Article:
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A Running Log - Garmin Connect and Eleventy

  ⁃  Notes

As of 12/17/2022 the feed provided by Garmin returns 402 Payment Required response. So that’s annoying.

I like to run. I used to do it a lot more in my younger days when I ran competitively. During that time I tracked my runs in a log book and learned a lot about how to train. It helped me understand the cumulative effects of training had on my body. In those days GPS wasn't really an option, if I wanted to measure a distance I needed to drive the route and check the car’s odometer.

Christmas of 2019 I was given my first smart watch, a Garmin Forerunner 45. This was exciting for me because I would be able to track data associated with exercise—and even the rest in between. I downloaded the app, created a Garmin Connect account, and began using my new watch.

Around the same time I was learning a lot about Eleventy and how to generate static websites (like this one). It occurred to me my running activities might be a data source I could use for a website. Publishing my Garmin Connect activities as a new type of running log sounded like a fun side project but I didn't really know where to begin.

Garmin Connect data

Garmin provides a publicly accessible JSON feed of your data. I have no idea what this is for, except perhaps, a preview for developers. The path for everyone is the same with the exception of the user ID, which is in the URL of your Garmin Connect profile. Note: activities need to be public to be seen in this feed. I've tripped over this several times.

If your Garmin Connect profile looks like this:


Your JSON feed looks like this:


Eleventy is here to help

Aside from generating HTML Eleventy can utilize data and not just what is hosted on your site. This realization was a game changer and allowed me to do exactly what I wanted to do.

Get the data

The data is fetched using a global JavaScript data file at _data/running.js and only as often as your build runs.

Install new dependency:

  • npm install node-fetch --save-dev
  • Read more about node-fetch

File name: _data/running.js

const fetch = require("node-fetch");
module.exports = async function() {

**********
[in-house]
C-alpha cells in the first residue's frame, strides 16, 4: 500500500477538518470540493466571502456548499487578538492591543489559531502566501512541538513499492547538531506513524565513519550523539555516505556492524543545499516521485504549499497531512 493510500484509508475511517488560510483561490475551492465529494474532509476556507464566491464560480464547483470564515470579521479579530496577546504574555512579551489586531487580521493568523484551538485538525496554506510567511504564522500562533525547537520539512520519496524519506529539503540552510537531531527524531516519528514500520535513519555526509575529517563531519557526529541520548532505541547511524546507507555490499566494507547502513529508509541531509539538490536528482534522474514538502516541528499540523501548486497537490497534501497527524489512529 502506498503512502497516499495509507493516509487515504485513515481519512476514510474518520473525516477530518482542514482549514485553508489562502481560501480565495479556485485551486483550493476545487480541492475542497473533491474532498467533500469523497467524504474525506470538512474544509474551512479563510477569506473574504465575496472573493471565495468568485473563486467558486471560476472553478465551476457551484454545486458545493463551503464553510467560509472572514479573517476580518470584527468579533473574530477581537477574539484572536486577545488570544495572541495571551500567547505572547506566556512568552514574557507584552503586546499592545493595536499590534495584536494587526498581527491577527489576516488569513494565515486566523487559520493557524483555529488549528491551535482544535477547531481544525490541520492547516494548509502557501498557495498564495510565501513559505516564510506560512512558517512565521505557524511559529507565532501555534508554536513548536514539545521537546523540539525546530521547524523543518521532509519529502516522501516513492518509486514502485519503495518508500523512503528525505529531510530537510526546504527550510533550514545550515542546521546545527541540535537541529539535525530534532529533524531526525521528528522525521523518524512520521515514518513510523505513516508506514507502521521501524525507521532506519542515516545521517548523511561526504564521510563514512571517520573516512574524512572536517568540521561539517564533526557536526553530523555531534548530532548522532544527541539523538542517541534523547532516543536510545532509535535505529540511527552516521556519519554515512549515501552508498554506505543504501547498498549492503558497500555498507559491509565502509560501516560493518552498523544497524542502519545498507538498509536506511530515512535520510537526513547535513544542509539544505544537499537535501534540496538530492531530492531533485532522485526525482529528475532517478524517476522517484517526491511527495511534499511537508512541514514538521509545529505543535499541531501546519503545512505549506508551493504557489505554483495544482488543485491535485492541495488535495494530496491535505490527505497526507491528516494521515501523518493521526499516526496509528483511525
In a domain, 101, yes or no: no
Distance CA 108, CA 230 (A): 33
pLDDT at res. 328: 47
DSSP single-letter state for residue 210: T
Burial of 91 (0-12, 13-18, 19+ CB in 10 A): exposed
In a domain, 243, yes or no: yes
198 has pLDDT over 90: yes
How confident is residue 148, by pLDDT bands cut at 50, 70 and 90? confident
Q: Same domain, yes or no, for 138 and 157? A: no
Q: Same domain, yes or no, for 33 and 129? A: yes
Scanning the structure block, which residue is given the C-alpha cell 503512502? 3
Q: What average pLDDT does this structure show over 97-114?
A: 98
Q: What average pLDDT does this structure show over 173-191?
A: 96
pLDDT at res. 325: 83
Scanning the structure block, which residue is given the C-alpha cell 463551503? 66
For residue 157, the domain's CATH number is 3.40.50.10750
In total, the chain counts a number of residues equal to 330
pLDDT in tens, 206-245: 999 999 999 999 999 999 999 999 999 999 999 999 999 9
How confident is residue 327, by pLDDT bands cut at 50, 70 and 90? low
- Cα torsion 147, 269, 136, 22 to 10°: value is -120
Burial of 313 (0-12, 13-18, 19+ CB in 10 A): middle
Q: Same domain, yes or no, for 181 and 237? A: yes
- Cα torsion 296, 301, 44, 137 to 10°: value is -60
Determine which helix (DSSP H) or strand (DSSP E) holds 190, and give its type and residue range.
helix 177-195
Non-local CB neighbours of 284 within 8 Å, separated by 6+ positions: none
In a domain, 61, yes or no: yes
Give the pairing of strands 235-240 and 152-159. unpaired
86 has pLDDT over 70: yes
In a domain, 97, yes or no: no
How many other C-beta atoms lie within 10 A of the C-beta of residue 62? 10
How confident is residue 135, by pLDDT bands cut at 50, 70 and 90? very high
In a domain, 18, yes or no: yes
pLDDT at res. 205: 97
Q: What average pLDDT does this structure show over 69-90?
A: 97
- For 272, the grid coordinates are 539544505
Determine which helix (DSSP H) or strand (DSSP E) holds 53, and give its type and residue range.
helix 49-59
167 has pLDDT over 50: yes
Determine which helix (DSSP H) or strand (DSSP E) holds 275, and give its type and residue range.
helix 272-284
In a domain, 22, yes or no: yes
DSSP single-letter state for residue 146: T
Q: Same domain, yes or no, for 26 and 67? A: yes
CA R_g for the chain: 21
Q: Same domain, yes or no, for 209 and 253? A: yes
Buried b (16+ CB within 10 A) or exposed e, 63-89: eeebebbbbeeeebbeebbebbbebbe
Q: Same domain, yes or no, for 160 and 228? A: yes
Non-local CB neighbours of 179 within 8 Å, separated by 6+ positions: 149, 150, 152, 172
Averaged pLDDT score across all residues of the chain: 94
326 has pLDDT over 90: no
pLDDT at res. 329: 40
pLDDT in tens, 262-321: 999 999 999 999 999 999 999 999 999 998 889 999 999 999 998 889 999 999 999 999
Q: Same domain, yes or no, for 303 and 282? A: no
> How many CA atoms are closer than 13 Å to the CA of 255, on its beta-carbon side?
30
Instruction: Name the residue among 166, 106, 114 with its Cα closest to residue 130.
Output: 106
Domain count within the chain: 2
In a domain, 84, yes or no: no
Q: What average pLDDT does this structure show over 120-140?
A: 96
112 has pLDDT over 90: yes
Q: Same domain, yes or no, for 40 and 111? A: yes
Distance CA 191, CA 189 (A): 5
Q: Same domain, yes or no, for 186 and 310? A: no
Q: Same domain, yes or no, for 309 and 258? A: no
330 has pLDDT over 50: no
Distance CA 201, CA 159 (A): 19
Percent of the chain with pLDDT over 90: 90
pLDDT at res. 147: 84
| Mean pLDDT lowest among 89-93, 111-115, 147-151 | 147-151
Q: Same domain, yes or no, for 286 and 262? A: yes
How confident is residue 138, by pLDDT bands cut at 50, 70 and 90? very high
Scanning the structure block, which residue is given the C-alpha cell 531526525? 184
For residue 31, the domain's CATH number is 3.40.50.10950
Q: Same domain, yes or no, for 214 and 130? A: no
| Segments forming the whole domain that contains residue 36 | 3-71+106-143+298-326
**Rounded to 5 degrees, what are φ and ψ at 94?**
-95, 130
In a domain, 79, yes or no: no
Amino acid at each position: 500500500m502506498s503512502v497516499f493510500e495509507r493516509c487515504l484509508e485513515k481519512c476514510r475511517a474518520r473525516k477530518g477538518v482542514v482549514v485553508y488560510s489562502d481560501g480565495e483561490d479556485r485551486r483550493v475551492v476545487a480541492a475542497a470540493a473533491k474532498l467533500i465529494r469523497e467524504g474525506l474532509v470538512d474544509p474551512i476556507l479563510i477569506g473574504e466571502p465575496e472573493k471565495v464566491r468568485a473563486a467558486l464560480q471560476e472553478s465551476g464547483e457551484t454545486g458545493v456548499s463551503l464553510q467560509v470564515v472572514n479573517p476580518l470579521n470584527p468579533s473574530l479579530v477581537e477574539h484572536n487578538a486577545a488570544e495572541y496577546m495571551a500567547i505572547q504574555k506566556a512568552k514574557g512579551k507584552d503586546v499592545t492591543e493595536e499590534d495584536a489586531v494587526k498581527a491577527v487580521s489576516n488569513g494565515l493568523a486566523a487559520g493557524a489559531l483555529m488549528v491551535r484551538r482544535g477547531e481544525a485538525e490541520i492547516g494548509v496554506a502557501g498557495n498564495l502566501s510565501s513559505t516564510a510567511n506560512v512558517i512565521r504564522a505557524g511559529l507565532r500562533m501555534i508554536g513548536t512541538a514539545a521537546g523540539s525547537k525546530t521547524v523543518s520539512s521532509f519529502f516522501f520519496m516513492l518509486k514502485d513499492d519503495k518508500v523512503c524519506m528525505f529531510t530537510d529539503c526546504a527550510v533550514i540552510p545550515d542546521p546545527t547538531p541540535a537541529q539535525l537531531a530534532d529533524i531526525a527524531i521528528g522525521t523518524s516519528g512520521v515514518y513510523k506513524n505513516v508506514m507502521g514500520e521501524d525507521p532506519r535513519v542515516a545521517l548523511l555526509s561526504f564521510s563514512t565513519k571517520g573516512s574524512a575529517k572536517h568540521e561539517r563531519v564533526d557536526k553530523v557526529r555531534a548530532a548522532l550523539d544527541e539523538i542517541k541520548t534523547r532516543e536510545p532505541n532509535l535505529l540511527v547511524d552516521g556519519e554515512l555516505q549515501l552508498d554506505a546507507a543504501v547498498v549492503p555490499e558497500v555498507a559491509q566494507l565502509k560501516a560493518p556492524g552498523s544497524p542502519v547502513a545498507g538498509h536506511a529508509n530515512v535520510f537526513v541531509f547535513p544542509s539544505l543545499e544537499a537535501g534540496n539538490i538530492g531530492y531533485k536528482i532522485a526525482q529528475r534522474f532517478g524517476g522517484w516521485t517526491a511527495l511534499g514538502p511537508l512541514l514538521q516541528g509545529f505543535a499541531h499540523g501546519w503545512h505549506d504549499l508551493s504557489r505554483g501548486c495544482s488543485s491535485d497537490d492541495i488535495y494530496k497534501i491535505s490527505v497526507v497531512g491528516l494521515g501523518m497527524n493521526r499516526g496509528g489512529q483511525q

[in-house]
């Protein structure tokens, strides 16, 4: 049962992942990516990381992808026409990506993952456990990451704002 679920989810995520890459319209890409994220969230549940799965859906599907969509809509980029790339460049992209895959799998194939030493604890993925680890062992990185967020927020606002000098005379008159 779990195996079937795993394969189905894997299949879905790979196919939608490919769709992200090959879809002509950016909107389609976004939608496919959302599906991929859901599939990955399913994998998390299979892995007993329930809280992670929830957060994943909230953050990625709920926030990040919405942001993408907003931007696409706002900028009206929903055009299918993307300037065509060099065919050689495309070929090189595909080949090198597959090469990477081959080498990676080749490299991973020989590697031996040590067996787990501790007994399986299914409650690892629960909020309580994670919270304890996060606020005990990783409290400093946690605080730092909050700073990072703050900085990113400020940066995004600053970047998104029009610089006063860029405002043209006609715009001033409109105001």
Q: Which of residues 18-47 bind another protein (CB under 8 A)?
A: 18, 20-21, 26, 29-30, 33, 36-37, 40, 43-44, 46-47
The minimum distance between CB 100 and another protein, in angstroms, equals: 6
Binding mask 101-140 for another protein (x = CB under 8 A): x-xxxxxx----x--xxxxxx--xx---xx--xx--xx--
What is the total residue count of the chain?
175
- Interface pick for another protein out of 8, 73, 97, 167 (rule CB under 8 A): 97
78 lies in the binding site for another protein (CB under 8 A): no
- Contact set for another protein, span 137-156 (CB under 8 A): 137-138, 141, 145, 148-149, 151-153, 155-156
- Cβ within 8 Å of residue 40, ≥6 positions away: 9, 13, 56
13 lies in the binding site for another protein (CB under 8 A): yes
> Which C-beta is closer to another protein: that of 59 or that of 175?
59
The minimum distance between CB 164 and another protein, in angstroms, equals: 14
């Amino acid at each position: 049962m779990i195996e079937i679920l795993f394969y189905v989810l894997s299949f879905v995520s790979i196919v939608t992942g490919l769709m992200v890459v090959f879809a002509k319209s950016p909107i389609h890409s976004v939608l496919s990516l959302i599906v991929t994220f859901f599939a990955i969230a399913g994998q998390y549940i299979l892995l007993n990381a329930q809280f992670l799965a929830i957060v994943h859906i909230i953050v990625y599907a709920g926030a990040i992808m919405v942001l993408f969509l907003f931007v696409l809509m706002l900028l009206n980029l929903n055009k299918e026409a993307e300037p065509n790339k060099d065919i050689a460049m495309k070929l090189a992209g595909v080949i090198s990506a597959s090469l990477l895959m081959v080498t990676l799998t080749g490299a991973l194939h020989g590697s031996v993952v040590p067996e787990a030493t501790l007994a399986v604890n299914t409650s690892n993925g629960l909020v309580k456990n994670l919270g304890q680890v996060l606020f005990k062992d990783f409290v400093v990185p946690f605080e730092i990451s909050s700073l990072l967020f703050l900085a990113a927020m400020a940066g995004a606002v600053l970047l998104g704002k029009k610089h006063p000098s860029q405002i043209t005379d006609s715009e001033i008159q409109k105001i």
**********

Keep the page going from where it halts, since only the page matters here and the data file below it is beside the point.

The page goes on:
console.log( "Fetching Garmin Connect Data…" );
  // GitHub API: Garmin Connect public activity list JSON feed
    return fetch("[YOUR-GARMIN-CONNECT-ID]?limit=100")
        .then(res => res.json()) // node-fetch option to transform to json
        .then(json => {
        // return the data
        return {
            garmin: json

Format dates and time

Moment helps us create filters to format dates and times. Custom filters also helps us to convert distances to miles.

Install new dependency:

  • npm install node i moment
  • Read more about Moment.js

File name: .eleventy.js

const moment = require("moment");
module.exports = function(eleventyConfig) {
  // duration filter
  eleventyConfig.addNunjucksFilter("duration", function (duration, format) {
    return moment('1900-01-01 00:00:00').seconds(duration).format(format);
  // date filter
  eleventyConfig.addNunjucksFilter("date", function (date, format) {
    return moment(date).format(format);
  // miles filter
  eleventyConfig.addNunjucksFilter("miles", function (miles) {
    return parseFloat(miles/1609).toFixed(2);

Now in your Liquid or Nunjucks template you can output the Garmin Connect data with:

Syntax: Liquid, Nunjucks

 {{ item.distance | miles }} miles in {{ item.duration | duration("mm:ss") }} on {{ item.startTimeLocal | date("M/D/Y") }} at {{ item.startTimeLocal | date("h:mm A")}}.

which outputs:

3.00 miles in 20:00 on 8/10/2021 at 12:00 PM.

Automatically deploy with Netlify

Why not try to automate all this? My site deploys to Netlify when I make commits and push changes to Github through continuous deployment. Zapier is perfect for Rube Goldberg implementations—and Netlify has an integration.

I want to trigger deploys as little as possible because I'm not sure what request limits Garmin may have for the JSON feed. Ideally builds only trigger when an activity has been completed so we don’t exceed any limits and we see the activity published right away.

Garmin Connect doesn't have a Zapier integration but Strava does. Strava integrates with fitness trackers (like Garmin) to view and track activities. I downloaded the Strava app, created an account, and connected my Garmin account. Then I created a Zapier account and created a Zap with Strava and Netlify. When a new activity is logged in Strava, Zapier triggers an action to start a Netlify deploy. The automation looks like this:

  1. Go for a run with my Garmin watch
  2. The activity is logged in Garmin Connect
  3. Strava logs the activity too
  4. Zapier triggers a Netlfiy build
  5. Eleventy fetches the JSON data and builds the site
  6. Netlify deploys the site

That's it!

Want to see more? Take a look:

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